Radiation therapy for COVID-19 patients: Clinical trial to start in Bengaluru

Earlier in mid-2020, a similar pilot study was conducted in AIIMS Delhi showed reduced dependency on oxygen in COVID-19 patients.
A patient undergoing radiationtherapy for cancer
A patient undergoing radiationtherapy for cancer

A clinical trial to treat COVID-19 patients with one-time low-dose radiation therapy, in an attempt to reduce dependency on oxygen and ventilator support, will soon be underway in Bengaluru. According to sources, the government-run Kidwai Memorial Institute of Oncology may be one of the centres for these trials. Similar trials have taken place in AIIMS Delhi and some are underway in other parts of the country including neighbouring state of Tamil Nadu. This treatment is only targeted for patients who are already on oxygen support and may be requiring ventilator support in the short term. 

Like all clinical trials, it will require informed consent of patients and will document short-term and long-term side effects of this treatment and assess its efficacy. In the AIIMS pilot study conducted from June to August 2020, nine out of 10 patients recovered within 3-7 days.  One patient, who has hypertension, showed clinical deterioration and died 24 days after receiving the low-dose radiotherapy. No patients showed the signs of acute radiation toxicity.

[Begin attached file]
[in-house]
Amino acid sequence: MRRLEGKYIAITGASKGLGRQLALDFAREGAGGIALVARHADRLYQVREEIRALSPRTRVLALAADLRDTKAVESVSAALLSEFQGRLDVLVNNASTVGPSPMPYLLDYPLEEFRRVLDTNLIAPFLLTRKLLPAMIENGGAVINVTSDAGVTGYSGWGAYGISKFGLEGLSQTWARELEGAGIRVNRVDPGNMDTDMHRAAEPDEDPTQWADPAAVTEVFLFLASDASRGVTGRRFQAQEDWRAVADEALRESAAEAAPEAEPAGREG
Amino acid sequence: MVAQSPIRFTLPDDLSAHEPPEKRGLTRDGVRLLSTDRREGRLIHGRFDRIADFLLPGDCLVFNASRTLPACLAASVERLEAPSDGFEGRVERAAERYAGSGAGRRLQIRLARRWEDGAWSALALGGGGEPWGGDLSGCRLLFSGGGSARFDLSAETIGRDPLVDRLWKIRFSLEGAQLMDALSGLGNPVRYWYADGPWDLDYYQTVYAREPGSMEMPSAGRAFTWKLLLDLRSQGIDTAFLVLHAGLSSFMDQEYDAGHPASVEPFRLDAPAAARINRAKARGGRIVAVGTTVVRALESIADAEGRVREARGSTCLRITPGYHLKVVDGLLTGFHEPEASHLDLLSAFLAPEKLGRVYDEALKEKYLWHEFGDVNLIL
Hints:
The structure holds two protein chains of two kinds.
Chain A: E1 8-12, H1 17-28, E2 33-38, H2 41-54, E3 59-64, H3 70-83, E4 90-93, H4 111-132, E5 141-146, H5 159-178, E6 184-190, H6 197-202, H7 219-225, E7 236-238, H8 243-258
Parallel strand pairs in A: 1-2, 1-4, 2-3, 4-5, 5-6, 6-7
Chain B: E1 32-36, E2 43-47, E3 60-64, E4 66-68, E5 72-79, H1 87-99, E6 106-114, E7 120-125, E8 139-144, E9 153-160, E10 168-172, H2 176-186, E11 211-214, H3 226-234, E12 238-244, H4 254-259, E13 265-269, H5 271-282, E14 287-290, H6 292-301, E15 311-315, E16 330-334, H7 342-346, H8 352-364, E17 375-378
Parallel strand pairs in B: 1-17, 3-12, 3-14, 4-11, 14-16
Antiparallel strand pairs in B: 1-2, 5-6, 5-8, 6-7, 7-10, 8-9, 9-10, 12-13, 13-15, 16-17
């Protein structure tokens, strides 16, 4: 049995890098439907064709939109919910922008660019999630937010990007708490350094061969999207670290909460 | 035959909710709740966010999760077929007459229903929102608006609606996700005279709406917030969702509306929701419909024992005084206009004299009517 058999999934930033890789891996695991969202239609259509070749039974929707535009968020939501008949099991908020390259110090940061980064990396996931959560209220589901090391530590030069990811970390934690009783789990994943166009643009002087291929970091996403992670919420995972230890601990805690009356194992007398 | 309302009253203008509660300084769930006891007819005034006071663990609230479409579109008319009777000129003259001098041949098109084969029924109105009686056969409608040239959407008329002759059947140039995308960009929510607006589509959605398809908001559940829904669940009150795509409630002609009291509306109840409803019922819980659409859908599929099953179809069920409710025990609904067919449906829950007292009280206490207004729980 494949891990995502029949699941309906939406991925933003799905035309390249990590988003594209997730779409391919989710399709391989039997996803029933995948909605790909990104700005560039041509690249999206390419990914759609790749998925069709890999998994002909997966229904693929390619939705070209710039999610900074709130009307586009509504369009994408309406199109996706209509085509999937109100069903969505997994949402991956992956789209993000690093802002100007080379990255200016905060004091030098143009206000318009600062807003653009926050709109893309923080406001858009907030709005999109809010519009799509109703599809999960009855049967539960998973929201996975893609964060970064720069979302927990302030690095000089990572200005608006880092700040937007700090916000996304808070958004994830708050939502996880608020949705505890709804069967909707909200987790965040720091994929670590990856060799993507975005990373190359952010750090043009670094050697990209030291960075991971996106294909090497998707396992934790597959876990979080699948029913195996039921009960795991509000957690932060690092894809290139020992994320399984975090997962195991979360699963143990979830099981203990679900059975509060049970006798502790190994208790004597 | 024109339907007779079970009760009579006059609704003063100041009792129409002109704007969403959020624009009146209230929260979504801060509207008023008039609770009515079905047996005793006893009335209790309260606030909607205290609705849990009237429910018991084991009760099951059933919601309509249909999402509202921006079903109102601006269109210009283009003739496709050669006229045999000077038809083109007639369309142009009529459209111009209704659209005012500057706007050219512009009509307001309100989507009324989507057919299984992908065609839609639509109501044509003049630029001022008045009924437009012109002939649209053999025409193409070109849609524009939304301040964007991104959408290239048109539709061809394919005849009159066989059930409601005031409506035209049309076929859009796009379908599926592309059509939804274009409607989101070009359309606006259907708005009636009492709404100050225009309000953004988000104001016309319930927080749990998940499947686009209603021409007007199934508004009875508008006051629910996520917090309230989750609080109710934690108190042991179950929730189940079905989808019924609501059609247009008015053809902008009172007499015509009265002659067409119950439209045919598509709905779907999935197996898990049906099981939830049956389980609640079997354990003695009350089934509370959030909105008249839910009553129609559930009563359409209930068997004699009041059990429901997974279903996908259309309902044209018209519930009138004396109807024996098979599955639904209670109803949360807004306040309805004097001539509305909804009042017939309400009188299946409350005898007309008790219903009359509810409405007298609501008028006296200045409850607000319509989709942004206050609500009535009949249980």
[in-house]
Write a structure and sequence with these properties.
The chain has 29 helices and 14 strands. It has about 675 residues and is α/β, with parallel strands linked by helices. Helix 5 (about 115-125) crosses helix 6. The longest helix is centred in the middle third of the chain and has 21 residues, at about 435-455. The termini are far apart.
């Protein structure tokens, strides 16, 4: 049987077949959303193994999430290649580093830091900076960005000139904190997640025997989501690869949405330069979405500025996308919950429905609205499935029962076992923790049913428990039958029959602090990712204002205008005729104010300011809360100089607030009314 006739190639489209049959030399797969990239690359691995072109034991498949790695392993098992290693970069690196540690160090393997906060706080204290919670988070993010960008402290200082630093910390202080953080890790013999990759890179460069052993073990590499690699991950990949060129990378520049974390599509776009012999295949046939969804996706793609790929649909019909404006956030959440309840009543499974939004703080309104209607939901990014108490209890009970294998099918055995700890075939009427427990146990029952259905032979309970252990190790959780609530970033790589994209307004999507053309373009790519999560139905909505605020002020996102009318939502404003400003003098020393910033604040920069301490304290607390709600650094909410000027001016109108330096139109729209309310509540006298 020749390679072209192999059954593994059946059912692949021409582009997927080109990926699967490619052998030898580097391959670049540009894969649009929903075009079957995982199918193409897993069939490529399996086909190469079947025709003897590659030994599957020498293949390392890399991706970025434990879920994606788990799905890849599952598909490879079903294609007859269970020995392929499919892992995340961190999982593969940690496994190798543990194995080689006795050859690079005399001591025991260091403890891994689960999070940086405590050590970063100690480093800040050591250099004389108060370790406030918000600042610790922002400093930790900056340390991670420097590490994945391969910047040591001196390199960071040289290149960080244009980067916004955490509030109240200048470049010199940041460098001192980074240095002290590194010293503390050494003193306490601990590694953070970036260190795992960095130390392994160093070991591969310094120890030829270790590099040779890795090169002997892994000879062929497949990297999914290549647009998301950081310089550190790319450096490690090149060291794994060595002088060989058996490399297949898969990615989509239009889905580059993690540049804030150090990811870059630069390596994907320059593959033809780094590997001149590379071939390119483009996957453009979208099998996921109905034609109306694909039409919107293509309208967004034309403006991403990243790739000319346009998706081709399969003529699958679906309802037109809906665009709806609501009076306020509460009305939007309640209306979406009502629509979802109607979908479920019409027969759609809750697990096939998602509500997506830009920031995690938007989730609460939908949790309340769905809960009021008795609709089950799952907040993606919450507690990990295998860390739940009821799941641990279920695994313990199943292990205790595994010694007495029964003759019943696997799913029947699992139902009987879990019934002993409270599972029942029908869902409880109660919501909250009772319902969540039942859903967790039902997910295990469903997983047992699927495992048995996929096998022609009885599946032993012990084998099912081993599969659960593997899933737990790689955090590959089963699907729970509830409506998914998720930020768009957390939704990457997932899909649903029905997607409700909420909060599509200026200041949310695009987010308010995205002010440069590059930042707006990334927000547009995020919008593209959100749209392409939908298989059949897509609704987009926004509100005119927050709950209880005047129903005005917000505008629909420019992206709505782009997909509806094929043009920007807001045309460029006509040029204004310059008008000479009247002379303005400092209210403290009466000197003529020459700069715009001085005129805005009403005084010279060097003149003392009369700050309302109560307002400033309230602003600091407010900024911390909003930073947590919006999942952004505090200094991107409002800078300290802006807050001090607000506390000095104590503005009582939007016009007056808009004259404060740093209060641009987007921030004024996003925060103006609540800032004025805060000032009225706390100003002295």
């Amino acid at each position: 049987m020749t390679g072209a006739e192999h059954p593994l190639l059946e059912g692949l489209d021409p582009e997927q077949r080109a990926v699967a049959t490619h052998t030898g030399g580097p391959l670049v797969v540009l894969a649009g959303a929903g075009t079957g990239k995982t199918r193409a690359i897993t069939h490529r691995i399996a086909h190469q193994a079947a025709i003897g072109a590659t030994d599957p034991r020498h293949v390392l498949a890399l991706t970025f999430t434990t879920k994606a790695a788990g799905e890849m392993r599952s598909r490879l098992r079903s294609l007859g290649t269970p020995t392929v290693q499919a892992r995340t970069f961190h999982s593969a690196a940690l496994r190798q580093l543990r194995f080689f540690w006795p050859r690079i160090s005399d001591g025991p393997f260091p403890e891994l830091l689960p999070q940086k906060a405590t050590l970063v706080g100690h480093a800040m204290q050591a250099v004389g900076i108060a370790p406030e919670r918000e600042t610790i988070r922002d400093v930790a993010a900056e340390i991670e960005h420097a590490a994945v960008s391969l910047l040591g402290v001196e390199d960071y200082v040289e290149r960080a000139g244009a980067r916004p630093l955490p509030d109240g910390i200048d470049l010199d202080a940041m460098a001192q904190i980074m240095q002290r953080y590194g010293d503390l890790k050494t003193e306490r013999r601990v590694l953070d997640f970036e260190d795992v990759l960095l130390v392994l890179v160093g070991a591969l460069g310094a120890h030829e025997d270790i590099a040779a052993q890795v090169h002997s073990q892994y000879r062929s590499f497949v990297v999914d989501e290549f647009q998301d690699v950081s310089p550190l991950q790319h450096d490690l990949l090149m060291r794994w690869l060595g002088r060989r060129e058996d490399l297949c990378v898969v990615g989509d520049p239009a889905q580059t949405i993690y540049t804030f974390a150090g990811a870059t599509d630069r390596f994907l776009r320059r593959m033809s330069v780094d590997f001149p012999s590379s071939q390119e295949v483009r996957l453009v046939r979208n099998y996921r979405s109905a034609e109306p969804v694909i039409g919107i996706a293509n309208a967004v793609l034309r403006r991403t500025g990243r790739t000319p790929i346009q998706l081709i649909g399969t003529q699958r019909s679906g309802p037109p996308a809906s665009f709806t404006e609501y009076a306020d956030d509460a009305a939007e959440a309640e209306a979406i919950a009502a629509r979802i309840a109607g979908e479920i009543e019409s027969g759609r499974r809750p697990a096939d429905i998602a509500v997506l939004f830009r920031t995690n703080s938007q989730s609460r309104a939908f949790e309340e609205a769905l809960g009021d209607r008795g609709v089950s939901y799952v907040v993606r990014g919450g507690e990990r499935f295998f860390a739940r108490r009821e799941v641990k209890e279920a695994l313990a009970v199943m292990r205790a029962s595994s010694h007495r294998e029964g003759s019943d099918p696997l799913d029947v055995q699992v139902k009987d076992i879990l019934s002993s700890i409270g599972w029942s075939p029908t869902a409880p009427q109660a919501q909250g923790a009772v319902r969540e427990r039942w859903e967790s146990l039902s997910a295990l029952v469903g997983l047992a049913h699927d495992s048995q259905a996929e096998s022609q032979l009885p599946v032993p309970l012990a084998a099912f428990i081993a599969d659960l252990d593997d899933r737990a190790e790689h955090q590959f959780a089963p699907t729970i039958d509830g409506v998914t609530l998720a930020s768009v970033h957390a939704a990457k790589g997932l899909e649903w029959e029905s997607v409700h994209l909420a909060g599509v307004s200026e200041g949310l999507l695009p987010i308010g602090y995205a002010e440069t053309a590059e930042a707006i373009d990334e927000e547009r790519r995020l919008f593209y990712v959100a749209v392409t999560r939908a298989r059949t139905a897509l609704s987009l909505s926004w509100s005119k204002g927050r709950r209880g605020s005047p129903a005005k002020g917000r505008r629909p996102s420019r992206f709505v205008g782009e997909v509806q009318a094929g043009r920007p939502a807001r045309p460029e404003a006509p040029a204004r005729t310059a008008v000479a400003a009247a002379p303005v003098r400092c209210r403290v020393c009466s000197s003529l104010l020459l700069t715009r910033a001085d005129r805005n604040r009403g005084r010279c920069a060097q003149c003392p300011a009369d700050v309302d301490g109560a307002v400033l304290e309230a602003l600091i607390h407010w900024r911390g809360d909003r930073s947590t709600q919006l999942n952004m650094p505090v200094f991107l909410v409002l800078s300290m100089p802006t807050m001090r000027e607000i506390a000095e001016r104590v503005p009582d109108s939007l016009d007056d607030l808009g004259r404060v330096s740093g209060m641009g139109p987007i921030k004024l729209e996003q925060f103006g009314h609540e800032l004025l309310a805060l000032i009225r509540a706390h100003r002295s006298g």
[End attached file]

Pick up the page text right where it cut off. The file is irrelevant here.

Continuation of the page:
Dr Lohit Reddy, Consultant Radiation Oncologist at HCG Hospital, which is among the centres where the clinical trial will take place, said they will start the trials in a matter of weeks. “There have been studies in India and abroad where it has been seen that radiation therapy is beneficial. Usually, the radiation for a cancer patient will be for 25-30 days using 60-70 grey (units). But for COVID-19 patients, the idea is to give a low dose, less than a gray on a single setting,” he said. Gray is a unit for measuring radiation intensity. “Even during Spanish Flu in the early 1900s, they used radiotherapy/X-Ray to treat pneumonia. We will attempt to modulate the immune system,” he added. 

Dr Lohit explained that this treatment trial will be only for patients who are needing oxygen support or mechanical ventilation. “When the patients are going through the cytokine storm (where the body begins to attack its own cells and tissues than just fighting against the virus) which causes damage to the lungs and results in acute respiratory distress syndrome, radiotherapy will be used before this cytokine storm to suppress the immune system,” he said.

He added, “So far, studies suggest we have to give radiation when the patient is getting more dependent on oxygen. With this, the degree of oxygen dependency will come down and probably the recovery time will go down as well.”

Dr CN Manjunath, member of the state-level Technical Advisory Committee, said, there is need for more data from trials to make the method of treatment as part of the standard protocol. “We need more data to decide on it,” he said.

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